In that regard, the case for digitized transport requires diligence. Policymakers must find the right balance between the need to protect and ensure secure solutions and the challenges caused by the rapid changes in transport, the minister concluded.

Necessity for governments to be digitally literate

Former Estonian President Toomas Ilves emphasized the fact that humanity must prepare itself for the wave of change in the transport industry as it hits far rapidly than any other transformations seen before.

Ilves underscored that given the digital revolution occupies every sphere of our lives, it requires governance, and even more so when it is related to the transport industry. It is crucial for the private sector to deal with the situation and for governments to keep up with industry through aggressive steps and regulations. In order to understand how the world is changing, "the governments need to be digitally literate," he said.

Not entirely praising the digital transformation of the industry, the former Estonian president also laid out the potential threats and risks of digitized vehicles.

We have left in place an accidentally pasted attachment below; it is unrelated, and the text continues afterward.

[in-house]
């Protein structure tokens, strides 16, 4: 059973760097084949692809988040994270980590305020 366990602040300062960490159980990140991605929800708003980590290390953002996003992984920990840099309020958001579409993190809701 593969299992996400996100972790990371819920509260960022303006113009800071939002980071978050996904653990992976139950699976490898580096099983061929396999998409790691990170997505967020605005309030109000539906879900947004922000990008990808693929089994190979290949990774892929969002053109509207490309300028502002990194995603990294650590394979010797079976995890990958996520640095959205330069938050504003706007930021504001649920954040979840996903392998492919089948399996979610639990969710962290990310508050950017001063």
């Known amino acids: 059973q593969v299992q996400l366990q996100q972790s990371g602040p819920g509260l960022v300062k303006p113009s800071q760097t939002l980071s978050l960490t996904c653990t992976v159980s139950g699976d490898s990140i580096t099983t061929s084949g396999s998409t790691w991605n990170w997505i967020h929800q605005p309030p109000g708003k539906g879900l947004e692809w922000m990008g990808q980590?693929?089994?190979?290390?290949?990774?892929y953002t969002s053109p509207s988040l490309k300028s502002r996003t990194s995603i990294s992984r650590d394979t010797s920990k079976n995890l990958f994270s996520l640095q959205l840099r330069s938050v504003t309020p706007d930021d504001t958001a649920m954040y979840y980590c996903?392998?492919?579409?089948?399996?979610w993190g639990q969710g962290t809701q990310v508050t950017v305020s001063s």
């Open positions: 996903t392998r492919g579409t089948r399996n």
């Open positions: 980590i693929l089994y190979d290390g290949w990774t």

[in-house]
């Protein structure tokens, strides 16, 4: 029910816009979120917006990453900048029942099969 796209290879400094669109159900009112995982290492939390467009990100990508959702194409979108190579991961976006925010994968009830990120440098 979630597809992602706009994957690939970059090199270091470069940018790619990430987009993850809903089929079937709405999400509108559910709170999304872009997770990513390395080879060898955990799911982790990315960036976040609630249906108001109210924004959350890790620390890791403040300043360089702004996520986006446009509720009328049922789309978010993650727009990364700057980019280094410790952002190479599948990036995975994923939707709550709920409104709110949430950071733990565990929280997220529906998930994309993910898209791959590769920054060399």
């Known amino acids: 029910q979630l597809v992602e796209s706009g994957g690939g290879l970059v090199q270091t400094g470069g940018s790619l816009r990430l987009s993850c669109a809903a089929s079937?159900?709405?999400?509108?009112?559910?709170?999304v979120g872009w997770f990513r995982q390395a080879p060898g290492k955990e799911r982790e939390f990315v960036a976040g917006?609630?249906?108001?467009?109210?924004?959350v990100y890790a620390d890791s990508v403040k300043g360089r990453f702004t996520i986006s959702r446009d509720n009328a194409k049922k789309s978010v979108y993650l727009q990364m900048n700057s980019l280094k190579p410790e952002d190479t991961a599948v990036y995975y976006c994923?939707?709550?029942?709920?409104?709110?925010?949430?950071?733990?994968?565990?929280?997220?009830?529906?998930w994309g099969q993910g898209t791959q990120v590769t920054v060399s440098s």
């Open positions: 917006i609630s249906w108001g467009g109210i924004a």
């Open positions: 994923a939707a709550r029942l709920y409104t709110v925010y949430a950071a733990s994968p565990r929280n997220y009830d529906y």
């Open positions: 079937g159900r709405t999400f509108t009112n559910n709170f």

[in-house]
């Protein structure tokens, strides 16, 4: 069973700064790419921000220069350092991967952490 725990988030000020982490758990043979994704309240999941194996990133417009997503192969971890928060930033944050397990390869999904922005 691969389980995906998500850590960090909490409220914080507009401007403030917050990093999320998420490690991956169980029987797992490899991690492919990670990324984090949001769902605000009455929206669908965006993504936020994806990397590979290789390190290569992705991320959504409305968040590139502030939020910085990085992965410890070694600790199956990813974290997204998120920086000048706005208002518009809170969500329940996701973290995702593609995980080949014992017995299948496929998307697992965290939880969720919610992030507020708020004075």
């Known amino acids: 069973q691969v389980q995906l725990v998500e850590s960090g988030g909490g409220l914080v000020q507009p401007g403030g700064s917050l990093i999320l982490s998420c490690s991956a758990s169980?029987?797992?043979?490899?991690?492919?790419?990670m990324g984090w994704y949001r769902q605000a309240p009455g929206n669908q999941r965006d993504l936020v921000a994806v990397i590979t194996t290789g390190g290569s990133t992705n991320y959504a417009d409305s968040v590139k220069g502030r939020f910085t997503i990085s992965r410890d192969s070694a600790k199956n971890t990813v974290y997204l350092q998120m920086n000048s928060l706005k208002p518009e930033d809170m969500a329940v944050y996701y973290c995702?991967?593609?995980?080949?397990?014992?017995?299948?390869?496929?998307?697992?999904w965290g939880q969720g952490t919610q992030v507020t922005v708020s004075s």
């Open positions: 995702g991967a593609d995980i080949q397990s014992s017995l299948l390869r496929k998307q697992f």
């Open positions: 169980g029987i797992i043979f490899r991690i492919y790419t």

The first security risk digitization poses, according to him, is that "autonomous cars and trucks connected to the internet can be prone to hacks and malware attacks, which is a major issue today."

The second problem comes with the necessity of transforming transportation infrastructure. Autonomous trucks made redesigning roads necessary so as to ensure that these vehicles can function properly. Ilves raised another point those willing and excited about the digital transformation should ponder, insurance.

"Who will be liable for an accident caused by an autonomous vehicle? The owner of the vehicle, the company which used it or the authority that allowed the use of that vehicle," Ilves asked, and brought up the issue of job losses, a prospect far more worrisome for the workers in the industry.

Mapping out global action on driver jobs, legal issues